SIRS, sepsis, severe sepsis, septic shock is a continuum, a crescendo of signs and symptoms associated with an infection uncontrolled by host responses. An avalanche or cascade of seemingly unstoppable events occurs often in a matter of hours which has defied causal intervention but for which symptomatic treatment has improved the outcomes over the years, significantly reducing mortality.
This time-honored classification, introduced in the early 90s by Roger Bone et al , created artificial separation lines in a process which has no distinctive qualitative steps. But lacking better alternatives we stick with what we have: after all, there seemed to be a step-wise increase in mortality based on the number of SIRS criteria in earlier epidemiologic studies.
While this classification scheme was of some use in academic discussions, it certainly has not done well in the clinical arena. Not a single sepsis trial has shown efficacy in confirmatory trials. In particular, mortality rates were not reproducible on repeat testing in patient populations selected with great care despite identical sepsis definitions.
It is time to put the Bone criteria where they belong … the cemetery. The concept just has not held up
Sadly, the list of failed sepsis drugs is a very long one: It all started with HA-1A, then came E5, the anti-TNF mAbs, Xigris, tifacogin, steroids, up to the latest disappointment, E5564 (eritoran) from Eisai.
All were tested in the more advanced sepsis categories using the staging originally defined by Bone et al. All were well-designed large trials; the argument that some were underpowered is not the issue here.
Alas, they all failed for one reason or another. We can blame the drugs for a lack of efficacy but it may well be that the entity called ‘sepsis’ or sepsis syndrome’ was not defining a succinct clinical and pathophysiological entity. It seems more that we were developing precision medicines for an imprecisely defined condition, or a spectrum of conditions. It is reminiscent of the shotgun approach to treating any infection with antibacterials even when viruses are the culprit for most cases.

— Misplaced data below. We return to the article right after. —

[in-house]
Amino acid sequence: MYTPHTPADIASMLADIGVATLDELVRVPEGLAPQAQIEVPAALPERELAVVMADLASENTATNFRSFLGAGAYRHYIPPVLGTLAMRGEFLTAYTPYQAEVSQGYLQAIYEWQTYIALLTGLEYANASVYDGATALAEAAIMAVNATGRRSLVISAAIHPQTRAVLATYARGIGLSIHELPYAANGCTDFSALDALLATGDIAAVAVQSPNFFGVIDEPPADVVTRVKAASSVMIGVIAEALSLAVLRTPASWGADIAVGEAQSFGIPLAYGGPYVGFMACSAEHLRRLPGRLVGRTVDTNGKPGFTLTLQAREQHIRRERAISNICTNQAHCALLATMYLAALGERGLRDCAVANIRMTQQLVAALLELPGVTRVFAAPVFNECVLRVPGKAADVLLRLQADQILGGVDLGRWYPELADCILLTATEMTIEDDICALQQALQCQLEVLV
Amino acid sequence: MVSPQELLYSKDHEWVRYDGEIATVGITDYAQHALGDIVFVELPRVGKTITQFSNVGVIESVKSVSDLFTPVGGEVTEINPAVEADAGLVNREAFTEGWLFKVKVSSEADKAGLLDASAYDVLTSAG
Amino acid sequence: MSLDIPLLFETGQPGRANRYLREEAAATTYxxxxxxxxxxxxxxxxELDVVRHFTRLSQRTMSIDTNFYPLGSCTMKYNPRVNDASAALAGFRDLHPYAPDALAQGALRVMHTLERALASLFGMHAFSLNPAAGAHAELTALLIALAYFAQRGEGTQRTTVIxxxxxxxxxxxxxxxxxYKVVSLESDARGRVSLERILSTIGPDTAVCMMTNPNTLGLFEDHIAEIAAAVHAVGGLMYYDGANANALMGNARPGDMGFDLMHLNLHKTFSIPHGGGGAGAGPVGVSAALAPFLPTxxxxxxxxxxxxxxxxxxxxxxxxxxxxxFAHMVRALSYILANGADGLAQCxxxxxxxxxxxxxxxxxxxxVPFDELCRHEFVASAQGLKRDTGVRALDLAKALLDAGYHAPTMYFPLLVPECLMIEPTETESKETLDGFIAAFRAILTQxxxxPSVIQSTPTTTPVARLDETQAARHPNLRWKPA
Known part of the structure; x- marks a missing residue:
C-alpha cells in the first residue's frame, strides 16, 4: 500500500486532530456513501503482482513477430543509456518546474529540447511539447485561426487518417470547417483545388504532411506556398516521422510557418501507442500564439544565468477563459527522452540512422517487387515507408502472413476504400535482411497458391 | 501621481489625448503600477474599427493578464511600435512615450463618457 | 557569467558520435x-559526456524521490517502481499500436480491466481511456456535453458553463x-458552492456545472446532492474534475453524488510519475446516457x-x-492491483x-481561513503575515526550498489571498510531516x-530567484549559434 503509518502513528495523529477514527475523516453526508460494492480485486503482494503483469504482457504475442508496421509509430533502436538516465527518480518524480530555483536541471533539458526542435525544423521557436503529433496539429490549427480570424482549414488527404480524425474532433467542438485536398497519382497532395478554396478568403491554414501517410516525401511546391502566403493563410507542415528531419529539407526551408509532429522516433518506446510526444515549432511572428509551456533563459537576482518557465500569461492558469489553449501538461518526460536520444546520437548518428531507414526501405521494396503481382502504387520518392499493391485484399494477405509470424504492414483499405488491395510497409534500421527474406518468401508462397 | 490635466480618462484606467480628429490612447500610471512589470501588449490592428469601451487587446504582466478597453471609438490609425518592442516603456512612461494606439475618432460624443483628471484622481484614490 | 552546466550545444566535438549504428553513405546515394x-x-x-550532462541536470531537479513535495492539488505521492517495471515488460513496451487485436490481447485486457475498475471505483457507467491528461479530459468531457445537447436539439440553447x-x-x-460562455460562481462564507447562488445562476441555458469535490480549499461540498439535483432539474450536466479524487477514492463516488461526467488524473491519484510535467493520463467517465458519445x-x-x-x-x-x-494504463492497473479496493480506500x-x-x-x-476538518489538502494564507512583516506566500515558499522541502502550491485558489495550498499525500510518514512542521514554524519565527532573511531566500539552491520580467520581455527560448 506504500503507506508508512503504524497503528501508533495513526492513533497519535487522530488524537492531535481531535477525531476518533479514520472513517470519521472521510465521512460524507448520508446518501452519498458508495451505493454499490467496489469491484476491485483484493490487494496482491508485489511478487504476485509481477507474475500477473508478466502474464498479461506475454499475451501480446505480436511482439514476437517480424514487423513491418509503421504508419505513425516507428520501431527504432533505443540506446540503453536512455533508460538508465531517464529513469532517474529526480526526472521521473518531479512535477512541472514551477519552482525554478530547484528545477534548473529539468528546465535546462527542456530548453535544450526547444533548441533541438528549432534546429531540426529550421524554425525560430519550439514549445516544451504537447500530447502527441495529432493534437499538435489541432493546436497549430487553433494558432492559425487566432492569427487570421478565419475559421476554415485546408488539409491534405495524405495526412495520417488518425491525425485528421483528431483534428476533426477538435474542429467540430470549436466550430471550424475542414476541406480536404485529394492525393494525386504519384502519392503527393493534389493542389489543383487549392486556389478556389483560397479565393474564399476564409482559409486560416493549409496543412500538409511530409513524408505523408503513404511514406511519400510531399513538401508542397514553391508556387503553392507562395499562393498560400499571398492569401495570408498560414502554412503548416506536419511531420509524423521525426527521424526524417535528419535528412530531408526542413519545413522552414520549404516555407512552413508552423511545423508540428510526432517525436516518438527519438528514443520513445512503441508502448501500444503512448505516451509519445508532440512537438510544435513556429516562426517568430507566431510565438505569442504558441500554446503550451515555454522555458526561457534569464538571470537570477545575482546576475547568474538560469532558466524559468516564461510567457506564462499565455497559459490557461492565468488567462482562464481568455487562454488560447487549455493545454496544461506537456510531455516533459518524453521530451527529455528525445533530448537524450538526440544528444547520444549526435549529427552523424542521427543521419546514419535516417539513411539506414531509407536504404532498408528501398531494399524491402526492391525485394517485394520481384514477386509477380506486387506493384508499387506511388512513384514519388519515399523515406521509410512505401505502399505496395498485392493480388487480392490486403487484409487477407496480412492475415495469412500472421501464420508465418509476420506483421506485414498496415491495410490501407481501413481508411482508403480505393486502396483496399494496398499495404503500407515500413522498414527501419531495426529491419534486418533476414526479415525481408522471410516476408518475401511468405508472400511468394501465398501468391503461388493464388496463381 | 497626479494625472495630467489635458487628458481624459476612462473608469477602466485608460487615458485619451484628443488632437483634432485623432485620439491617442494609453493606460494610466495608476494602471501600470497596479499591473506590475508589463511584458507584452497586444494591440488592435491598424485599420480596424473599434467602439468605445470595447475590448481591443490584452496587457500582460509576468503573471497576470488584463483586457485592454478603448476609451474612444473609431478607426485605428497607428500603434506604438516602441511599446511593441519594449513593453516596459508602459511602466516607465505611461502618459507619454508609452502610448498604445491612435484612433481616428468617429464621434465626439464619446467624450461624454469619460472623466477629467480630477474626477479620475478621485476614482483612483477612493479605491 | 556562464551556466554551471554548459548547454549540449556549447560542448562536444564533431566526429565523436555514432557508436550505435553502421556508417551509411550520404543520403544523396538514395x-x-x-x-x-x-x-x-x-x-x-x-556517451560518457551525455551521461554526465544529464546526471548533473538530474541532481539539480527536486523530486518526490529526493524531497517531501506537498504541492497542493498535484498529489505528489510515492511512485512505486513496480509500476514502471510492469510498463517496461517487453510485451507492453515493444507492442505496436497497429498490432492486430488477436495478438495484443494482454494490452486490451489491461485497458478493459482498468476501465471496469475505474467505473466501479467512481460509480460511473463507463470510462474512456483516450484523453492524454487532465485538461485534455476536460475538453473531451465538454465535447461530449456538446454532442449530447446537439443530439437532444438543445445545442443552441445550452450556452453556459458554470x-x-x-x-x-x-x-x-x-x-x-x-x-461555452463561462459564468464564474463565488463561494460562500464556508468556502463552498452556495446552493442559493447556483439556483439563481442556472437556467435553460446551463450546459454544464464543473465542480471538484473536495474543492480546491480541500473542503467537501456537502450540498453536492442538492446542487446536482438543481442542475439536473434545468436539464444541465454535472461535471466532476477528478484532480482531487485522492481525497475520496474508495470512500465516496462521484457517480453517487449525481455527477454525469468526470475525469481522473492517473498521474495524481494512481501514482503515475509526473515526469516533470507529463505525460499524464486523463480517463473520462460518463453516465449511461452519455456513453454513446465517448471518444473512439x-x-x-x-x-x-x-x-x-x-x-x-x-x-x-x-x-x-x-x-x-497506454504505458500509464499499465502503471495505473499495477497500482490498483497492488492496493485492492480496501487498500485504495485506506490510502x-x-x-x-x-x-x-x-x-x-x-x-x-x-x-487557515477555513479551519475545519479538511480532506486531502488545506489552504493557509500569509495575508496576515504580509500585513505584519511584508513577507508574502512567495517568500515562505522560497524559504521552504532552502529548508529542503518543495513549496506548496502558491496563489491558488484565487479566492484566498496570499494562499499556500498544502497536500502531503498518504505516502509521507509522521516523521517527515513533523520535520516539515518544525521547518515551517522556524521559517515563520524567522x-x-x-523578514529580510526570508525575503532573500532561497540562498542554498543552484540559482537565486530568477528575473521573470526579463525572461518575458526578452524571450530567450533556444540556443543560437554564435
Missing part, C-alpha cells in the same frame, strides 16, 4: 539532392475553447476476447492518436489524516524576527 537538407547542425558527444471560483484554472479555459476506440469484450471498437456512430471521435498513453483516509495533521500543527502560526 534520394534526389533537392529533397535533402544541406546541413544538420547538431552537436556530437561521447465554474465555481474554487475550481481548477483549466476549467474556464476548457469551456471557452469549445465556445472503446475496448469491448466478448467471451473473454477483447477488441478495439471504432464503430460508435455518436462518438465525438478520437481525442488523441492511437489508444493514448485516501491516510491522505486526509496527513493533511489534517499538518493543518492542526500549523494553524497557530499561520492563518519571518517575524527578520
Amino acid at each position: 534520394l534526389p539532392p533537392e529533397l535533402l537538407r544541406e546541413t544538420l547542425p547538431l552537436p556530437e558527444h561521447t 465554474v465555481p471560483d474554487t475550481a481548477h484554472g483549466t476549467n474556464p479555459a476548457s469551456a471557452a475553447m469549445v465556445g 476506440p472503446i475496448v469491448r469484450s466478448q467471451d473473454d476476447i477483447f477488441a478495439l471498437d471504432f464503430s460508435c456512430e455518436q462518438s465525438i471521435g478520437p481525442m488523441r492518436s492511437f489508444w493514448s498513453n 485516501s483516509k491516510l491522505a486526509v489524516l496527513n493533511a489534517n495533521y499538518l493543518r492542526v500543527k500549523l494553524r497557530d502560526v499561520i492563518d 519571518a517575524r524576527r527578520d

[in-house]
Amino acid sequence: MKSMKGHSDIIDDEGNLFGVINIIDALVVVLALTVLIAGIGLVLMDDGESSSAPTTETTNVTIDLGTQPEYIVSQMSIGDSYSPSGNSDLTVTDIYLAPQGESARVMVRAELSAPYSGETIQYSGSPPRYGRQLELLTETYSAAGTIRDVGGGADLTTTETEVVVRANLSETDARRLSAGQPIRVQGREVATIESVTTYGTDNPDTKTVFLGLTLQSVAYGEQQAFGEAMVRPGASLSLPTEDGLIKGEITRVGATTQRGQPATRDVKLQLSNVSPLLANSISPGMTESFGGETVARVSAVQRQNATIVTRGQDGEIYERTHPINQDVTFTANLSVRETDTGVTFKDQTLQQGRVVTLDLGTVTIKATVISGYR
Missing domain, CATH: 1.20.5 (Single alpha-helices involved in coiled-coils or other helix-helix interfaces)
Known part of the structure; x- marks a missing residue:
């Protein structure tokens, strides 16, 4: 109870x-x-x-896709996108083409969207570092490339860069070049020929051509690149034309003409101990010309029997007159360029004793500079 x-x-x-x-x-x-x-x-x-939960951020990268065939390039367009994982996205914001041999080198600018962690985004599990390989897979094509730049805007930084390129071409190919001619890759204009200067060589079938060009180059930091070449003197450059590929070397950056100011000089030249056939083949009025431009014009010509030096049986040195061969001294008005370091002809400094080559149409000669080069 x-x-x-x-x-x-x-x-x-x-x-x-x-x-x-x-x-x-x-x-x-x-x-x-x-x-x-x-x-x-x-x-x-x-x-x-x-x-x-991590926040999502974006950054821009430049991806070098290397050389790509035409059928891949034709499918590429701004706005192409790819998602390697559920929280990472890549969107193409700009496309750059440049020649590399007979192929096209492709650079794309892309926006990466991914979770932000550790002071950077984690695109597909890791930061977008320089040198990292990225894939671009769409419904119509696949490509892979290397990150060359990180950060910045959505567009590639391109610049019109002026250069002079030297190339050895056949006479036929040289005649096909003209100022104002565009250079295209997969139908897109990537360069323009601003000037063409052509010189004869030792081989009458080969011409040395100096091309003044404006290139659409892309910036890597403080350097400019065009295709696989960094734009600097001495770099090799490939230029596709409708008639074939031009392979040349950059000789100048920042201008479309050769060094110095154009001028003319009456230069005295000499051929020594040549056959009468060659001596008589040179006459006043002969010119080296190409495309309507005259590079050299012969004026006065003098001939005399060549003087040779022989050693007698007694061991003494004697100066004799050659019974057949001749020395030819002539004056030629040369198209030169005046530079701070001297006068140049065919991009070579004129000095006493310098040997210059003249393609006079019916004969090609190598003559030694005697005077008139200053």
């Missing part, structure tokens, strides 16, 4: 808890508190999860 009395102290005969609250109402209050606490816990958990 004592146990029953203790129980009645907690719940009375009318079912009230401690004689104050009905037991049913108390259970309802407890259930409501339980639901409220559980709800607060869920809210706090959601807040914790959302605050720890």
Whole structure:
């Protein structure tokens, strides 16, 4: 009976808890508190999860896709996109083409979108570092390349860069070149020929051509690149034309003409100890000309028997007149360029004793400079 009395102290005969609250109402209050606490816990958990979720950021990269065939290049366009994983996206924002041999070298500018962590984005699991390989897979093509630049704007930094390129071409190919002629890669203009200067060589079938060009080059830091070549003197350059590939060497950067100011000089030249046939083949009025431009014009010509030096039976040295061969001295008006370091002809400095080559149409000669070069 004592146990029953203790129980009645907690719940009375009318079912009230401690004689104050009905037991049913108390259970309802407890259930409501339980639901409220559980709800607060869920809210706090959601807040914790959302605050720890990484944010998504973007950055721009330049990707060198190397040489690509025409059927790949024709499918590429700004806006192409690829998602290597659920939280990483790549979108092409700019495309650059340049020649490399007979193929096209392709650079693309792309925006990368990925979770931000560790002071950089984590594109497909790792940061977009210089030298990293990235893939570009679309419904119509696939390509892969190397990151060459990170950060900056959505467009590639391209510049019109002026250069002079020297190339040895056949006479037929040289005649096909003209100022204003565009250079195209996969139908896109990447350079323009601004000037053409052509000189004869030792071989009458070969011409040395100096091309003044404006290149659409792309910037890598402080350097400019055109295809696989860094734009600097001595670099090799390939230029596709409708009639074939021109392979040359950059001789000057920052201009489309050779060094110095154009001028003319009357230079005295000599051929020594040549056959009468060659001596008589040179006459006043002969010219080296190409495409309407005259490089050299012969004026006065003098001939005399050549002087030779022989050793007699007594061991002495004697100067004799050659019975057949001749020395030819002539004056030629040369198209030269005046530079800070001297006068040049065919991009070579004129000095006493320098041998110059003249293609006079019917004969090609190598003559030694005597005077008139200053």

We need better diagnostic criteria and should abandon the SIRS / sepsis / severe sepsis mantra
A recent publication by Kaukonen provides further arguments that some components of the severe sepsis definitions are not prognostically meaningful . Contrary to earlier data, the presence of 2 or more SIRS criteria did not result in worse outcomes than the presence of only 1-2. Okay, nice to know but fairly irrelevant in the bigger scheme of things. No doubt, the next committee will dutifully adjust the severe sepsis criteria based on this insight. The change is unlikely to affect the conduct of studies for antibiotics or blockers of the inflammatory cascade.
Too much in the sepsis vocabulary has become game of semantics: when do you call a brook a creek, and when does a river become a stream? Does it really matter and advance the field? It feels like moving gravestones around in the cemetery, to paraphrase the old adage.
On a positive note, it is good to see how mortality in severe sepsis has been reduced and almost cut in half in the ICU over the years with symptomatic supportive interventions alone. A big “Thank you” to our intensivist colleagues is in order.
 R Bone. Definitions for sepsis and organ failure and guidelines for the use of innovative therapies in sepsis. The ACCP/SCCM Consensus Conference Committee. American College of Chest Physicians/Society of Critical Care Medicine. Chest. 1992 Jun;101(6):1644
 K Kaukonen. Systemic Inflammatory Response Syndrome Criteria in Defining Severe Sepsis. N Engl J Med 2015;372:1629
 L Napoletano. Sepsis and the Syndrome of Multiple Organ Failure. In: Modern Surgical Care: Physiologic Foundations and Clinical Applications. Ed. T. Miller, CRC Press 2006 – very good review of all aspects of sepsis and review of the older sepsis studies.